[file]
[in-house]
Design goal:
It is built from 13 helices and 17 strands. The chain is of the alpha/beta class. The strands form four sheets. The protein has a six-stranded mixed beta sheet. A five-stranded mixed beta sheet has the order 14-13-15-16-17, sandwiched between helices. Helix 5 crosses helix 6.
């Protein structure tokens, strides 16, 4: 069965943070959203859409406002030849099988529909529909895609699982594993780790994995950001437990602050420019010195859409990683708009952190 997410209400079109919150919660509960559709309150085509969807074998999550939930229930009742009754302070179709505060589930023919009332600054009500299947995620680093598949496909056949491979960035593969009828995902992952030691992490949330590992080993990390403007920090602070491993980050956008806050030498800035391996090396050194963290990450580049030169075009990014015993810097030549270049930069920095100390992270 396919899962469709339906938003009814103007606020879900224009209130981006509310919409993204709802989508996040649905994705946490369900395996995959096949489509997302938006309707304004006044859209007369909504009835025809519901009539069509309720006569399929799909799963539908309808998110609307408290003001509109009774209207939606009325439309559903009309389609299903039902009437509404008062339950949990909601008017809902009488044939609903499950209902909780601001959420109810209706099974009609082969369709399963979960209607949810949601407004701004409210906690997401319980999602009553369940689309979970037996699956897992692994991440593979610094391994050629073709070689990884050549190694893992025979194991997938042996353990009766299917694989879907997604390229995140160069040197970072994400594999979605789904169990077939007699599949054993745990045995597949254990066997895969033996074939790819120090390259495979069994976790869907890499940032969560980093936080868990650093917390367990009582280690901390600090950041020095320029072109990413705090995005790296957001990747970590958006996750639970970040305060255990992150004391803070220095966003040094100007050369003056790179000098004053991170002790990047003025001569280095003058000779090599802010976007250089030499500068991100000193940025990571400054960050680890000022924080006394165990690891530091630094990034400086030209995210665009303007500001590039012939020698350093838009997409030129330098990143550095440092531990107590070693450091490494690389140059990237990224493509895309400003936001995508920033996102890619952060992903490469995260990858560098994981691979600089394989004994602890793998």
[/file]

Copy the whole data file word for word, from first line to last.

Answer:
[in-house]
Design goal:
It is built from 13 helices and 17 strands. The chain is of the alpha/beta class. The strands form four sheets. The protein has a six-stranded mixed beta sheet. A five-stranded mixed beta sheet has the order 14-13-15-16-17, sandwiched between helices. Helix 5 crosses helix 6.
């Protein structure tokens, strides 16, 4: 069965943070959203859409406002030849099988529909529909895609699982594993780790994995950001437990602050420019010195859409990683708009952190 997410209400079109919150919660509960559709309150085509969807074998999550939930229930009742009754302070179709505060589930023919009332600054009500299947995620680093598949496909056949491979960035593969009828995902992952030691992490949330590992080993990390403007920090602070491993980050956008806050030498800035391996090396050194963290990450580049030169075009990014015993810097030549270049930069920095100390992270 396919899962469709339906938003009814103007606020879900224009209130981006509310919409993204709802989508996040649905994705946490369900395996995959096949489509997302938006309707304004006044859209007369909504009835025809519901009539069509309720006569399929799909799963539908309808998110609307408290003001509109009774209207939606009325439309559903009309389609299903039902009437509404008062339950949990909601008017809902009488044939609903499950209902909780601001959420109810209706099974009609082969369709399963979960209607949810949601407004701004409210906690997401319980999602009553369940689309979970037996699956897992692994991440593979610094391994050629073709070689990884050549190694893992025979194991997938042996353990009766299917694989879907997604390229995140160069040197970072994400594999979605789904169990077939007699599949054993745990045995597949254990066997895969033996074939790819120090390259495979069994976790869907890499940032969560980093936080868990650093917390367990009582280690901390600090950041020095320029072109990413705090995005790296957001990747970590958006996750639970970040305060255990992150004391803070220095966003040094100007050369003056790179000098004053991170002790990047003025001569280095003058000779090599802010976007250089030499500068991100000193940025990571400054960050680890000022924080006394165990690891530091630094990034400086030209995210665009303007500001590039012939020698350093838009997409030129330098990143550095440092531990107590070693450091490494690389140059990237990224493509895309400003936001995508920033996102890619952060992903490469995260990858560098994981691979600089394989004994602890793998």